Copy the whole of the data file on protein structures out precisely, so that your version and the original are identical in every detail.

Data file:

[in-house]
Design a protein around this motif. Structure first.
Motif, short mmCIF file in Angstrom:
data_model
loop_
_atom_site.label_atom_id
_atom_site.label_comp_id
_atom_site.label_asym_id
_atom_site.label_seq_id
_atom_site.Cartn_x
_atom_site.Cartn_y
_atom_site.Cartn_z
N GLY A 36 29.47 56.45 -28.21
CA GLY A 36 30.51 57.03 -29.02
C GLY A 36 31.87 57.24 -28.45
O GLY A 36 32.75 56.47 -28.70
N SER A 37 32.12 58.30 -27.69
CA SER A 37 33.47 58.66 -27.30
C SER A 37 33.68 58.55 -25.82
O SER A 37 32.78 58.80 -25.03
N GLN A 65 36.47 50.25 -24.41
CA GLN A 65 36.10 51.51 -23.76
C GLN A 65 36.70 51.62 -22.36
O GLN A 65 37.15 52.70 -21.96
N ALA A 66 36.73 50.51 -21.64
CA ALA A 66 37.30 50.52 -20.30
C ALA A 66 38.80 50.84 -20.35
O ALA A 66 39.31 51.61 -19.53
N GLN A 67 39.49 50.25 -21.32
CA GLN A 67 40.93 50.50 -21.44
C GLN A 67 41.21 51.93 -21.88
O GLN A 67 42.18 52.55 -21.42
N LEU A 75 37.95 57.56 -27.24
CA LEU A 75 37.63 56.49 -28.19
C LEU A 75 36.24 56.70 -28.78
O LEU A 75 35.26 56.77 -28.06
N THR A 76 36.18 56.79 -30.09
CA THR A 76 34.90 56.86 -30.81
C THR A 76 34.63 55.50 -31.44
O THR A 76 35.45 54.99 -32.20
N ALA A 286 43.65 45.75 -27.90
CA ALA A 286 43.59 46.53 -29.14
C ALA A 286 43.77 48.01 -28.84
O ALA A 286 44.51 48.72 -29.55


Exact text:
[in-house]
Design a protein around this motif. Structure first.
Motif, short mmCIF file in Angstrom:
data_model
loop_
_atom_site.label_atom_id
_atom_site.label_comp_id
_atom_site.label_asym_id
_atom_site.label_seq_id
_atom_site.Cartn_x
_atom_site.Cartn_y
_atom_site.Cartn_z
N GLY A 36 29.47 56.45 -28.21
CA GLY A 36 30.51 57.03 -29.02
C GLY A 36 31.87 57.24 -28.45
O GLY A 36 32.75 56.47 -28.70
N SER A 37 32.12 58.30 -27.69
CA SER A 37 33.47 58.66 -27.30
C SER A 37 33.68 58.55 -25.82
O SER A 37 32.78 58.80 -25.03
N GLN A 65 36.47 50.25 -24.41
CA GLN A 65 36.10 51.51 -23.76
C GLN A 65 36.70 51.62 -22.36
O GLN A 65 37.15 52.70 -21.96
N ALA A 66 36.73 50.51 -21.64
CA ALA A 66 37.30 50.52 -20.30
C ALA A 66 38.80 50.84 -20.35
O ALA A 66 39.31 51.61 -19.53
N GLN A 67 39.49 50.25 -21.32
CA GLN A 67 40.93 50.50 -21.44
C GLN A 67 41.21 51.93 -21.88
O GLN A 67 42.18 52.55 -21.42
N LEU A 75 37.95 57.56 -27.24
CA LEU A 75 37.63 56.49 -28.19
C LEU A 75 36.24 56.70 -28.78
O LEU A 75 35.26 56.77 -28.06
N THR A 76 36.18 56.79 -30.09
CA THR A 76 34.90 56.86 -30.81
C THR A 76 34.63 55.50 -31.44
O THR A 76 35.45 54.99 -32.20
N ALA A 286 43.65 45.75 -27.90
CA ALA A 286 43.59 46.53 -29.14
C ALA A 286 43.77 48.01 -28.84
O ALA A 286 44.51 48.72 -29.55